On the other hand, the 1953 CIA- and MI6-engineered coup against Mohammad Mosaddeq’s government deepened apprehensions about American imperialism, Iranian despotism, and political suppression in the Iranian consciousness. Mohammad Reza Shah’s revolution from above, or the White Revolution of 1963, added to this growing social angst. Consisting of a series of education and land reforms that aimed to fulfill “the expectations of an increasingly politically aware general public,” and prevent the danger of “a revolution from below,” this revolution posed the Iranian monarchy “as the lynchpin of Iranian state and society.”  With “modernism” at its central ideology, the revolution led to rapid modernization, urbanization, and a growing wealth gap that aroused anxiety among various sectors of society, but especially the poor and conservative.10Ansari, Ali M. “The Myth of the White Revolution: Mohammad Reza Shah, ‘Modernization’ and the Consolidation of Power.” Middle Eastern Studies 37, no. 3 (2001): 2.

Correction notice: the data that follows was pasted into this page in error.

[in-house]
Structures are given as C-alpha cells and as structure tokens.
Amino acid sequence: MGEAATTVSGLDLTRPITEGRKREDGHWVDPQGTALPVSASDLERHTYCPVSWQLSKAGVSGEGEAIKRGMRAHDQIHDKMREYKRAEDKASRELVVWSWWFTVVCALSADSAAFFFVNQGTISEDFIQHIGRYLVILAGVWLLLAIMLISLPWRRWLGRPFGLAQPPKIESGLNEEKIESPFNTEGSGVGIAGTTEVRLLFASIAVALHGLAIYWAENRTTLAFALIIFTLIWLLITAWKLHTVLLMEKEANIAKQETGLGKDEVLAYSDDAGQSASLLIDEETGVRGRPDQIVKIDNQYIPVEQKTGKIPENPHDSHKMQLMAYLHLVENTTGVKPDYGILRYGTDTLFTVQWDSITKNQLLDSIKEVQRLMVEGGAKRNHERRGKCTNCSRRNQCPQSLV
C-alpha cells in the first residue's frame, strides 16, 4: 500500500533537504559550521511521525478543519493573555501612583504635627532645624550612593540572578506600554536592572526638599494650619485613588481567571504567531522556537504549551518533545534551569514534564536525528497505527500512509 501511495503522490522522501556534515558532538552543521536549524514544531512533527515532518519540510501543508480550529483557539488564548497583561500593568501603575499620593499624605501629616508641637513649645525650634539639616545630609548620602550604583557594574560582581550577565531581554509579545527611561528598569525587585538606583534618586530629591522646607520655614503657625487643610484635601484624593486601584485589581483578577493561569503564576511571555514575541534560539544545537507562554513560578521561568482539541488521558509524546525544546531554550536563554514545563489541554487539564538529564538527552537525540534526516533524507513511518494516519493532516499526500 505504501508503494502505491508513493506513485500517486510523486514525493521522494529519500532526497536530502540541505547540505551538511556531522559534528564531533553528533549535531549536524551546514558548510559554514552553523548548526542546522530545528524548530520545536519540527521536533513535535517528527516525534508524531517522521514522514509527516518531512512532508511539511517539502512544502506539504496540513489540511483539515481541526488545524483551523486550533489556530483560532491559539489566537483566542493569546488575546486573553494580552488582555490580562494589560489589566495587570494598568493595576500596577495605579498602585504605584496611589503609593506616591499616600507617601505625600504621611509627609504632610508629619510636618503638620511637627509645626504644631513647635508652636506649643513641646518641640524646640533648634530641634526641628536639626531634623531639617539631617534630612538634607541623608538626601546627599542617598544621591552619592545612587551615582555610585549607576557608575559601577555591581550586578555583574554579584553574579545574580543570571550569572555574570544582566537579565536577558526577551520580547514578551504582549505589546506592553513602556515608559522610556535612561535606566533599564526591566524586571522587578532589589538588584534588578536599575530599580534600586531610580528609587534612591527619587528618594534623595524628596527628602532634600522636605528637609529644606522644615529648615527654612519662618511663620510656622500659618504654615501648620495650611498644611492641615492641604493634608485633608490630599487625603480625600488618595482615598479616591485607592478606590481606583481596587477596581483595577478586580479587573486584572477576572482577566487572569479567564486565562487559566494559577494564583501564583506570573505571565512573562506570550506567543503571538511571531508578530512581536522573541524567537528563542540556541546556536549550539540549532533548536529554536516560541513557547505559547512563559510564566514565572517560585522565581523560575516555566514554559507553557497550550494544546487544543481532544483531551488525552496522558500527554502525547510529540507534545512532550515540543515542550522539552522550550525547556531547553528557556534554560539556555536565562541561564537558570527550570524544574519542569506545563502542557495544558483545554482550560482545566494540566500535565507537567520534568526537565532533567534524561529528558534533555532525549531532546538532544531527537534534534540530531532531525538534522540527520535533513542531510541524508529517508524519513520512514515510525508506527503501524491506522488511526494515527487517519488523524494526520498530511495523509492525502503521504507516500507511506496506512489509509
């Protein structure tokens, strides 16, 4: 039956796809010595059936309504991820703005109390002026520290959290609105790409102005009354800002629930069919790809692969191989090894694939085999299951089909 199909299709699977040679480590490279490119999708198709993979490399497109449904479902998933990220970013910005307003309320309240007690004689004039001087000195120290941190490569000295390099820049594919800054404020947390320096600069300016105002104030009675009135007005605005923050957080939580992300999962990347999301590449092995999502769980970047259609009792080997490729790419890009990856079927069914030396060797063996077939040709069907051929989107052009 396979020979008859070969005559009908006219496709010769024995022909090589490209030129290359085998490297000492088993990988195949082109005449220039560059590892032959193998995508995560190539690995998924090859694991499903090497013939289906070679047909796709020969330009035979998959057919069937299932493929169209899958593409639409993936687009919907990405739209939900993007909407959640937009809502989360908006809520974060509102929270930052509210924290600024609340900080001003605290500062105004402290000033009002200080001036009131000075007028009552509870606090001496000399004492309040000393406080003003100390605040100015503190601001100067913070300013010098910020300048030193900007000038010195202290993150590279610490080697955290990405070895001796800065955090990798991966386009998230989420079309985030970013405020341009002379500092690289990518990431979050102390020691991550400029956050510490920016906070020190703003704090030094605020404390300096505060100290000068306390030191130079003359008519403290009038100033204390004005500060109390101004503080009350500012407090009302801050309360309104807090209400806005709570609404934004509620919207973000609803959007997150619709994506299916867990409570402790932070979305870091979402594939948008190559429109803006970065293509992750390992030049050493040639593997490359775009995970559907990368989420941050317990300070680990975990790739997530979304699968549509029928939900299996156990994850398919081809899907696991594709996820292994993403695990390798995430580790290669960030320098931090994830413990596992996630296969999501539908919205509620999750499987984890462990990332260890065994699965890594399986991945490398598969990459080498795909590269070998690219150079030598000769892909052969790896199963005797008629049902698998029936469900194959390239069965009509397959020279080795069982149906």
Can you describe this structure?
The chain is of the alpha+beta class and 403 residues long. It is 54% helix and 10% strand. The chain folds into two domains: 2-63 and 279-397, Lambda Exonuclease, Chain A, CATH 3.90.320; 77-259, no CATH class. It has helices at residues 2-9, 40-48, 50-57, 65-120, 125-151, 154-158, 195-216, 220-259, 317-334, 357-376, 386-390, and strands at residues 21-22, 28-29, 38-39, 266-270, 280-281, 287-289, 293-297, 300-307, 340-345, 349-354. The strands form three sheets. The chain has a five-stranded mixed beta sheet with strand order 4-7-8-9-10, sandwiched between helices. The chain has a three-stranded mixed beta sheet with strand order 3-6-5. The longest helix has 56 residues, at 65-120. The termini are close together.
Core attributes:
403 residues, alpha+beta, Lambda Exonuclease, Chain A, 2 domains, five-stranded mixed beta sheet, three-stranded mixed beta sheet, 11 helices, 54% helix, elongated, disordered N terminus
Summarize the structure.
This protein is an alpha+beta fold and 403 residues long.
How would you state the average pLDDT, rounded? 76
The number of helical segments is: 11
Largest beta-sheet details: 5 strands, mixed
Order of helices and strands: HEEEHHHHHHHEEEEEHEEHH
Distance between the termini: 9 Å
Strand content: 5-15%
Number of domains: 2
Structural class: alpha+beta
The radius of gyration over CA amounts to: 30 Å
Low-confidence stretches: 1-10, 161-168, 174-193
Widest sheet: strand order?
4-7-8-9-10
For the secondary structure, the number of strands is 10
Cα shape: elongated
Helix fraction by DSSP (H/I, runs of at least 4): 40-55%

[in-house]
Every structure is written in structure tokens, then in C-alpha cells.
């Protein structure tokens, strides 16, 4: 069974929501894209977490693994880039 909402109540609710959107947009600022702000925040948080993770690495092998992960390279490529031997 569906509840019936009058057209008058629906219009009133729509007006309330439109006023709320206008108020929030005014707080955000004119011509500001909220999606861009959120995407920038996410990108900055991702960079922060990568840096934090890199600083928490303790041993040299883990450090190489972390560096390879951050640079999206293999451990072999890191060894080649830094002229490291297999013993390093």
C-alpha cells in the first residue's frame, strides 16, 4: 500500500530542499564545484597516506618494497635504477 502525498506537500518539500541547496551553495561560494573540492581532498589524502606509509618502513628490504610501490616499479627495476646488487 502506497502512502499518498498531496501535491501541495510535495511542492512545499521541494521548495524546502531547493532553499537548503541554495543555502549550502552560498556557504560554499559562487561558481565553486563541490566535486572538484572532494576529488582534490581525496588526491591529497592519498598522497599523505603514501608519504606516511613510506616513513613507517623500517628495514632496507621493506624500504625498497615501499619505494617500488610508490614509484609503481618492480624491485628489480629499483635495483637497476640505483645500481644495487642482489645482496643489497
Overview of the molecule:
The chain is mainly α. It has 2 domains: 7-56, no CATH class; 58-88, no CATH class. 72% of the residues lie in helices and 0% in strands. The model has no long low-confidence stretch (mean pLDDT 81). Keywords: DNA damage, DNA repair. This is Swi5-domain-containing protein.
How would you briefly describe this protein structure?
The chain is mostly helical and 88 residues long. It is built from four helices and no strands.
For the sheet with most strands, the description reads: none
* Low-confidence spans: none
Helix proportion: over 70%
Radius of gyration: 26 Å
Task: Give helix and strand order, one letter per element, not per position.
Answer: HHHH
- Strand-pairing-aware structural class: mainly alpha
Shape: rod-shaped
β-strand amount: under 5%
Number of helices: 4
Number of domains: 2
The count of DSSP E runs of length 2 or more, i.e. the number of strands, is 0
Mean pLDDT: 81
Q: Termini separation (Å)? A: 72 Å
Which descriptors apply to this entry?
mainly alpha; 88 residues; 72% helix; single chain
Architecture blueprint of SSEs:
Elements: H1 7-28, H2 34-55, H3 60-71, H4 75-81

It was within these conditions that a group of young Iranian filmmakers, who heeded the criticisms aimed at the popular film industry, and who were now increasingly linked to global visual, literary, and political circuits, embarked on the crafting of a new cinema movement. Many of these young filmmakers had received their education in film, art, or other fields outside Iran. To name a few, Suhrab Shahid Sales (1943–98) studied cinema in both Vienna and Paris; Kamran Shirdel (b. 1939) studied architecture and urbanism at the University of Rome, film at the Centro Sperimentale di Cinematografia in Italy, and worked under the mentorship of directors such as Nanni Loy (1925–95) and Michelangelo Antonioni, while he engaged with Italian neorealism; Dariush Mehrjui (b. 1939) studied at the Department of Cinema at UCLA under the instruction of directors such as Jean Renoir (1894–1979); Fereydoun Rahnema studied and wrote poetry in France; and Parviz Kimiavi (b. 1939) also studied film and photography in France. Many others were well-informed of cinematic activities in Iran and around the world, had watched Iranian and international films, and were already familiar with film magazines and publications in and beyond Iran. In the years and decades that followed World War II, numerous associations formed that organized international film screenings or film festivals. The National Film Association established in 1949 (later changed to National Film Archive of Iran,), the National Art Association and Cine Club established in 1954, and Pahlavi University Film Association, were some of the groups that organized cultural and film events. In addition, beginning in the 1960s, numerous film festivals were convened in Iran that served as artistic hubs and brought together actors, directors, artists, and films from around the world. Tehran International Festival of Films for Children and Young Adults (starting in 1966), Shiraz Persepolis Arts Festival (starting in 1967), Sipas (Gratitude) Film Festival (starting in 1969), Free (Azad) Cinema Film Festival (starting in 1970),) Tehran International Film Festival (starting in 1972), and Tus Festival (starting in 1975) showcased international films and linked the global cinematic imaginarium to an Iranian one. The films that were made by alternative filmmakers were informed by these cosmopolitan experiences, as well as dynamic national debates during which they were produced. The films of this movement can arguably be considered as cosmopolitan vernacular visual offerings in that they drew on global artistic and political trends, to speak about the contemporary Iranian experience.